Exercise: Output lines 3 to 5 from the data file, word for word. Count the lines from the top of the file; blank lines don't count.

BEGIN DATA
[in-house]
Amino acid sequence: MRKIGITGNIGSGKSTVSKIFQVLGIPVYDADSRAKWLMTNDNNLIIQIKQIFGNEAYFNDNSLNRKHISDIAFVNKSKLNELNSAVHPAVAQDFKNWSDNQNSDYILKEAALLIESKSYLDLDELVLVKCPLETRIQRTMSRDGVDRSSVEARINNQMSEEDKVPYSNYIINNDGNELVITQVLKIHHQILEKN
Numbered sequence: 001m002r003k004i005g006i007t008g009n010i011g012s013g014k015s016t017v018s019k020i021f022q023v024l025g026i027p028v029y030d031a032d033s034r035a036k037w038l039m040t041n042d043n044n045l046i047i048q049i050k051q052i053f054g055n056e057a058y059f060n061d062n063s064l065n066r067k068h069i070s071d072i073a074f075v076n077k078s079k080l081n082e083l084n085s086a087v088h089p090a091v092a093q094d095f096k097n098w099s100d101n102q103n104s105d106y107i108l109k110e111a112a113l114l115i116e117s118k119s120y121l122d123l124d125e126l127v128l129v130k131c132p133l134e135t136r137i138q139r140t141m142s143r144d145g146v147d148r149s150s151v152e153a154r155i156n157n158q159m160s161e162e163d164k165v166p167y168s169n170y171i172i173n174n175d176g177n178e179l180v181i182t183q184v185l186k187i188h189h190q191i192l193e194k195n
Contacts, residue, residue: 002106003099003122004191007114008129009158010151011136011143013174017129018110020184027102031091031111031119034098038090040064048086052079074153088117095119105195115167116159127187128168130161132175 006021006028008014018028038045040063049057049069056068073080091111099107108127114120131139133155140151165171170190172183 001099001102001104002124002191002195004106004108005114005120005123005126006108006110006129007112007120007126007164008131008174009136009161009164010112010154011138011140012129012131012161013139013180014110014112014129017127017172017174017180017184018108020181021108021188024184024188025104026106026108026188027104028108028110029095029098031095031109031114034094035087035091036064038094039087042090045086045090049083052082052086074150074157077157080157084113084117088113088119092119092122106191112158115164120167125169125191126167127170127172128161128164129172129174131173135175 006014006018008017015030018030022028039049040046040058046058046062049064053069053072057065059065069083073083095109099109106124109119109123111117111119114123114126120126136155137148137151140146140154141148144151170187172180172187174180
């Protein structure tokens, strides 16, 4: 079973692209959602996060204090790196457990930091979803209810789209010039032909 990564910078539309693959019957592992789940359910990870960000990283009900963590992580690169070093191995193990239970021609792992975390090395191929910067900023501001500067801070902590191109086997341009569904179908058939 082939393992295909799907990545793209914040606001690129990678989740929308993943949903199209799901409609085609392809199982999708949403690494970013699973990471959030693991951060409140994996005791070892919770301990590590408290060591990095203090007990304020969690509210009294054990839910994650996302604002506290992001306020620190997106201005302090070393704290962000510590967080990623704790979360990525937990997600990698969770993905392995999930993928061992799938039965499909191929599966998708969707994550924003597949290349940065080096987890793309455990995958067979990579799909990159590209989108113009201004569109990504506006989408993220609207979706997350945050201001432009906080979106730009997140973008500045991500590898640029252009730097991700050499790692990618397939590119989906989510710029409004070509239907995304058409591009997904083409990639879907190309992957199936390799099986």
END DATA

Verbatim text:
Numbered sequence: 001m002r003k004i005g006i007t008g009n010i011g012s013g014k015s016t017v018s019k020i021f022q023v024l025g026i027p028v029y030d031a032d033s034r035a036k037w038l039m040t041n042d043n044n045l046i047i048q049i050k051q052i053f054g055n056e057a058y059f060n061d062n063s064l065n066r067k068h069i070s071d072i073a074f075v076n077k078s079k080l081n082e083l084n085s086a087v088h089p090a091v092a093q094d095f096k097n098w099s100d101n102q103n104s105d106y107i108l109k110e111a112a113l114l115i116e117s118k119s120y121l122d123l124d125e126l127v128l129v130k131c132p133l134e135t136r137i138q139r140t141m142s143r144d145g146v147d148r149s150s151v152e153a154r155i156n157n158q159m160s161e162e163d164k165v166p167y168s169n170y171i172i173n174n175d176g177n178e179l180v181i182t183q184v185l186k187i188h189h190q191i192l193e194k195n
Contacts, residue, residue: 002106003099003122004191007114008129009158010151011136011143013174017129018110020184027102031091031111031119034098038090040064048086052079074153088117095119105195115167116159127187128168130161132175 006021006028008014018028038045040063049057049069056068073080091111099107108127114120131139133155140151165171170190172183 001099001102001104002124002191002195004106004108005114005120005123005126006108006110006129007112007120007126007164008131008174009136009161009164010112010154011138011140012129012131012161013139013180014110014112014129017127017172017174017180017184018108020181021108021188024184024188025104026106026108026188027104028108028110029095029098031095031109031114034094035087035091036064038094039087042090045086045090049083052082052086074150074157077157080157084113084117088113088119092119092122106191112158115164120167125169125191126167127170127172128161128164129172129174131173135175 006014006018008017015030018030022028039049040046040058046058046062049064053069053072057065059065069083073083095109099109106124109119109123111117111119114123114126120126136155137148137151140146140154141148144151170187172180172187174180
């Protein structure tokens, strides 16, 4: 079973692209959602996060204090790196457990930091979803209810789209010039032909 990564910078539309693959019957592992789940359910990870960000990283009900963590992580690169070093191995193990239970021609792992975390090395191929910067900023501001500067801070902590191109086997341009569904179908058939 082939393992295909799907990545793209914040606001690129990678989740929308993943949903199209799901409609085609392809199982999708949403690494970013699973990471959030693991951060409140994996005791070892919770301990590590408290060591990095203090007990304020969690509210009294054990839910994650996302604002506290992001306020620190997106201005302090070393704290962000510590967080990623704790979360990525937990997600990698969770993905392995999930993928061992799938039965499909191929599966998708969707994550924003597949290349940065080096987890793309455990995958067979990579799909990159590209989108113009201004569109990504506006989408993220609207979706997350945050201001432009906080979106730009997140973008500045991500590898640029252009730097991700050499790692990618397939590119989906989510710029409004070509239907995304058409591009997904083409990639879907190309992957199936390799099986």